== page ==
Sharing Your Vision

By Laurence A. Pagnoni, MPA

Right up front, a superb case communicates to the donor why funds are urgently needed and why philanthropic support makes sense. That must occur on the first page simply because many people will only read that page and possibly the last page.

A case statement obviously shares your mission, but that is secondary to sharing the vision of the campaign. Placing the mission in a sidebar often serves well.

We often write a short (5 pages) and a long version (ten pages) of the case, but recently I haven’t seen much need for the longer version.

Also, having a short 3-5 minute video of the case is pretty standard now, because your social media platforms demand it, plus it must be well designed by a graphic designer who can make it look very good by including the right set of stellar pictures. This is not the time to scrimp.


Before I get ahead of myself, let me also say upfront that successful campaigns have a brand, too. It’s not enough to write a case for support. Capital campaigns that perform at the highest level are branded because campaign leaders consider what the best brand would be for the campaign. They undertook the careful work of developing a campaign brand promise and built all the campaign materials around communicating that promise—from the theme to the talking points, case statement, brochure, and microsite. So I ask you, what is the promise you are communicating in your case?


The case must be written to the donor as if the donor was standing in front of you, and you were speaking directly to him or her. We call this the “donor’s voice,” as contrasted with an “institutional voice,” or a voice narrating client stories. The case can include aspects of the latter in a minor way, but should not disrupt the conversation the document seeks to have with the donor.


Some cases are backed up by strategic, project, or business plans, but those sorts of documents are primarily internal to the organization unless the donor wants that level of detail. These internal documents embolden leadership to articulate in writing the fundamental reasons underlying the appeal for funds. How is the campaign going to benefit the community? How is it going to “save or change lives”? What new programs, facilities or endowment will be established to further the organization’s mission? The internal documents may also contain other information critical to the organization’s work — the mission, goals and objectives, programs and services, staffing, governing board, facilities, and how funds are allocated. Material for grant proposals and other campaign materials are often drawn from these documents.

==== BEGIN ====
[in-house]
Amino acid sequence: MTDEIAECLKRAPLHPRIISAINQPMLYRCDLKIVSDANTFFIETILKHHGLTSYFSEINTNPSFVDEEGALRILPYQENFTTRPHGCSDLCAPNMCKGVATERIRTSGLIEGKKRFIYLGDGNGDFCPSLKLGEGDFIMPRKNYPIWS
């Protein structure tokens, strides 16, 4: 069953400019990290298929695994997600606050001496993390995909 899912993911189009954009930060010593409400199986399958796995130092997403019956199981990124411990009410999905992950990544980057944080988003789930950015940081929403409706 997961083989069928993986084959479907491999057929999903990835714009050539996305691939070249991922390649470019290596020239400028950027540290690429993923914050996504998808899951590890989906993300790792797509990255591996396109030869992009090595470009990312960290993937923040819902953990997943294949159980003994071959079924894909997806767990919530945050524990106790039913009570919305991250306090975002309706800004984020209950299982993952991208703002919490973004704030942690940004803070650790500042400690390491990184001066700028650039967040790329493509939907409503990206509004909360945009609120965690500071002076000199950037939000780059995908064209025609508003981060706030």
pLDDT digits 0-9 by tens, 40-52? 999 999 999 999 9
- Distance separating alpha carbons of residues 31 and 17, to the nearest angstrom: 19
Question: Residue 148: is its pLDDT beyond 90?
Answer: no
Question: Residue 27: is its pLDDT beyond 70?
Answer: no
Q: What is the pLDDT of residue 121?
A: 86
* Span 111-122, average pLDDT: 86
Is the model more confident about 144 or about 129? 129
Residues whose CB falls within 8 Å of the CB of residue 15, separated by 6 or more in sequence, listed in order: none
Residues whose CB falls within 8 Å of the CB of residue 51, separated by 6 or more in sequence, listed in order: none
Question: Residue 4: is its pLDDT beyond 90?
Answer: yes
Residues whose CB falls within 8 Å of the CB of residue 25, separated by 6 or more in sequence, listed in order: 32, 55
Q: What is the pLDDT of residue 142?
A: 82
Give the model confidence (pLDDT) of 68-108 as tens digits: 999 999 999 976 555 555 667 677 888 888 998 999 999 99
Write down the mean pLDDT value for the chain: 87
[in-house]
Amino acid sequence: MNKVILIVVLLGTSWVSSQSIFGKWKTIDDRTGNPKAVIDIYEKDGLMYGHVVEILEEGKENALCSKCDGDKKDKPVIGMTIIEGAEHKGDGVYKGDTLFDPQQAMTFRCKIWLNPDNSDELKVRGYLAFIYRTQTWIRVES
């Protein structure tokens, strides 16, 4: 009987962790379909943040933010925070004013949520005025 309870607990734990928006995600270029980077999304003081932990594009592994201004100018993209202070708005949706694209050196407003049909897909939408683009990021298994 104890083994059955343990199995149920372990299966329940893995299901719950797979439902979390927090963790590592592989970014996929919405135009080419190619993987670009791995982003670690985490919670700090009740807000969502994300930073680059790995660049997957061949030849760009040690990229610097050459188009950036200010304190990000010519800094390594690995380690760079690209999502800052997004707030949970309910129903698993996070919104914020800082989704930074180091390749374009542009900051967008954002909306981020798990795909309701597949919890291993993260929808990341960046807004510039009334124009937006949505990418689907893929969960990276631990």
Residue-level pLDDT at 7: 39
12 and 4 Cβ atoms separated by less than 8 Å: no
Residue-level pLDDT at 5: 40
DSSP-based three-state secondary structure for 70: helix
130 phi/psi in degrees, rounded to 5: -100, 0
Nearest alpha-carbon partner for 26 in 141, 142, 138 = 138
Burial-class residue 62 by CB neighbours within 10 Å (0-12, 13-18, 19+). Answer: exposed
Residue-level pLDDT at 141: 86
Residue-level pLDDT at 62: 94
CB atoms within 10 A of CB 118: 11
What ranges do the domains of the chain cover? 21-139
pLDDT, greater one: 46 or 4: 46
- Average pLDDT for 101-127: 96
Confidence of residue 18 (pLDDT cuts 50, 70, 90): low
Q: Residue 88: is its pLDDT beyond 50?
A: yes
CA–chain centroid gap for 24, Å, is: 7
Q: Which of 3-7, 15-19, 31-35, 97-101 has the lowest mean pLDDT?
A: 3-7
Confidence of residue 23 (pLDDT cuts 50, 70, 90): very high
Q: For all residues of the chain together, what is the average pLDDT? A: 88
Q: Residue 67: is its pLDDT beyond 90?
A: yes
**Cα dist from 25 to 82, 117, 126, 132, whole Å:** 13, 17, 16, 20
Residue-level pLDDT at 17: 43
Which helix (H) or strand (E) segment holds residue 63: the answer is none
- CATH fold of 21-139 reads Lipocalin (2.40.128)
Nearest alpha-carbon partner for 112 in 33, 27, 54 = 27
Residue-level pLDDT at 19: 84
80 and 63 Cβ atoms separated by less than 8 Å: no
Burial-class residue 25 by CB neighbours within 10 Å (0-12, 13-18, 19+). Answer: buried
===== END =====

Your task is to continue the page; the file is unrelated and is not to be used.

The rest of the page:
Great Aspects

In contrast, a great case statement is written to be read by the public and potential donors. It tells the indispensable story of your nonprofit and the community it serves, and directly states the case for special capital or reserve or endowed revenues. Your case may be presented as a brochure, glossy portfolios, a speech, or even in letters.

Personal testimony should be included but only by the expert leaders of your nonprofit, or those close to them in expertise. The case is not a research document whereby quotes from Einstein or lists of statistics are given. Less is more with a great case.

Some Suggestions

  • Do state the impact of meeting the campaign goal: we will have expanded services or new facilities, etc.
  • Do state who will benefit from the donor’s gift.
  • Do boast of the organization’s strengths
  • Do state how the potential donor can make a donation
  • Do make clear the donor’s reward: lavish recognition, naming opportunities. You made something happen in the world that was urgently needed. Bravo.

Case statements should be prepared by fund-raising counsel in concert with the organization’s director working with a committee of the governing board. Drafts of the case are usually reviewed and modified by the Development Committee and then recommended as is to the governing board before they are accepted or sent back for revisions. However, there should be only one writer. Committees do not write; they give feedback, reject, or approve.

Lastly, remember please that the case is just a tool and should take a back seat to having a terrific meeting with the donor. Many organizations waste way too much precious time in crafting the case, when that time should be spent on donor research and meetings. If the case isn’t complete yet but the donor wants to meet, hands down set up the meeting and bring what you have. Donor engagement and securing lead gifts outplay everything.

We welcome your comments about this post on the LAPA blog.

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